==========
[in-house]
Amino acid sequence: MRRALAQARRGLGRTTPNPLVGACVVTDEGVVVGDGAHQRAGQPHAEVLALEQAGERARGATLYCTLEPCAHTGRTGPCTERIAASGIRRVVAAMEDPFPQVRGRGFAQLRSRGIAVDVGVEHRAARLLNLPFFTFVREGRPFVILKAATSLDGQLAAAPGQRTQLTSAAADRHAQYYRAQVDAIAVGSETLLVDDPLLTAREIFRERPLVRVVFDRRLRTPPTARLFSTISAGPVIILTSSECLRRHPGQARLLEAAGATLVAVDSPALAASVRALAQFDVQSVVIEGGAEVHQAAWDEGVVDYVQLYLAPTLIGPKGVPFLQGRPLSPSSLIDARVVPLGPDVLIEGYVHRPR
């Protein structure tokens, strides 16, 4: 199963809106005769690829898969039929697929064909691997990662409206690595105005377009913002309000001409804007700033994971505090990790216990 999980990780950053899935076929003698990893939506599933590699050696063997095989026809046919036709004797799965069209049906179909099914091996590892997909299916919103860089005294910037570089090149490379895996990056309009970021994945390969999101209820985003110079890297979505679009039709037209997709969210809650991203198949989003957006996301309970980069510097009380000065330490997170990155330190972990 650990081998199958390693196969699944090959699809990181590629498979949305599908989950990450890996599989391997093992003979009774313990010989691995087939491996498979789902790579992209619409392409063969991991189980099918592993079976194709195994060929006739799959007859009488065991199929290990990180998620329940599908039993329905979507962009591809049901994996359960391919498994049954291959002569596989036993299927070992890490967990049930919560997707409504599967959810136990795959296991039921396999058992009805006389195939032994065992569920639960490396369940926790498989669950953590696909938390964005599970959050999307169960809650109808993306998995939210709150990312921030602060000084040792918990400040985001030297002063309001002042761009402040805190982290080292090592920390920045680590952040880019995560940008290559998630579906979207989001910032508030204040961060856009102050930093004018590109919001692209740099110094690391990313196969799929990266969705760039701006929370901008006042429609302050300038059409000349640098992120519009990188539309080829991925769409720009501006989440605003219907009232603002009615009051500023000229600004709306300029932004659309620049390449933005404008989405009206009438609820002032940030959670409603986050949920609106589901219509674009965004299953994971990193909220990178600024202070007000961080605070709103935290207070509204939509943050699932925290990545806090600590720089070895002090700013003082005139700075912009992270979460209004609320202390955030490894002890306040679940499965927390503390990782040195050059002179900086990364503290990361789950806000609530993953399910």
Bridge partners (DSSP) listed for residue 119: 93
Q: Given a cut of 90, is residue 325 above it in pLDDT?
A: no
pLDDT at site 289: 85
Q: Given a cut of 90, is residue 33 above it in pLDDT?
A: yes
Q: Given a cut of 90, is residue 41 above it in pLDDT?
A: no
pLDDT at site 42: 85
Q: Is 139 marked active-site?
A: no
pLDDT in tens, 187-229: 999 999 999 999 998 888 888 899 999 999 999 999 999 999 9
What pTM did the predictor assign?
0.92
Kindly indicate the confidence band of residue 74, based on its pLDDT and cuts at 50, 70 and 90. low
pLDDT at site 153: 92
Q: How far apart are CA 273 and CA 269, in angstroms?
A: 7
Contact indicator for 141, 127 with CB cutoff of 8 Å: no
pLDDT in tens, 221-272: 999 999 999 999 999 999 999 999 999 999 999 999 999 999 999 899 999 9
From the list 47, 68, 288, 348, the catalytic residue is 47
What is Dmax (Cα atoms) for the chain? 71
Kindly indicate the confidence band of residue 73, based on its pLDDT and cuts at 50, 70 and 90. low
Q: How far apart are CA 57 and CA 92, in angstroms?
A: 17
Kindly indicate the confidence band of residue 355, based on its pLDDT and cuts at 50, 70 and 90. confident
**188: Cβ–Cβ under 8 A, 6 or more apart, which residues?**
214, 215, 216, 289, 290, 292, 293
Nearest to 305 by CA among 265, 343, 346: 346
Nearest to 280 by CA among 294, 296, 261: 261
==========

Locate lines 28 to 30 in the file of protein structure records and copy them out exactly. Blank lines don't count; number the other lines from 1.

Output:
A: 17
Kindly indicate the confidence band of residue 355, based on its pLDDT and cuts at 50, 70 and 90. confident
**188: Cβ–Cβ under 8 A, 6 or more apart, which residues?**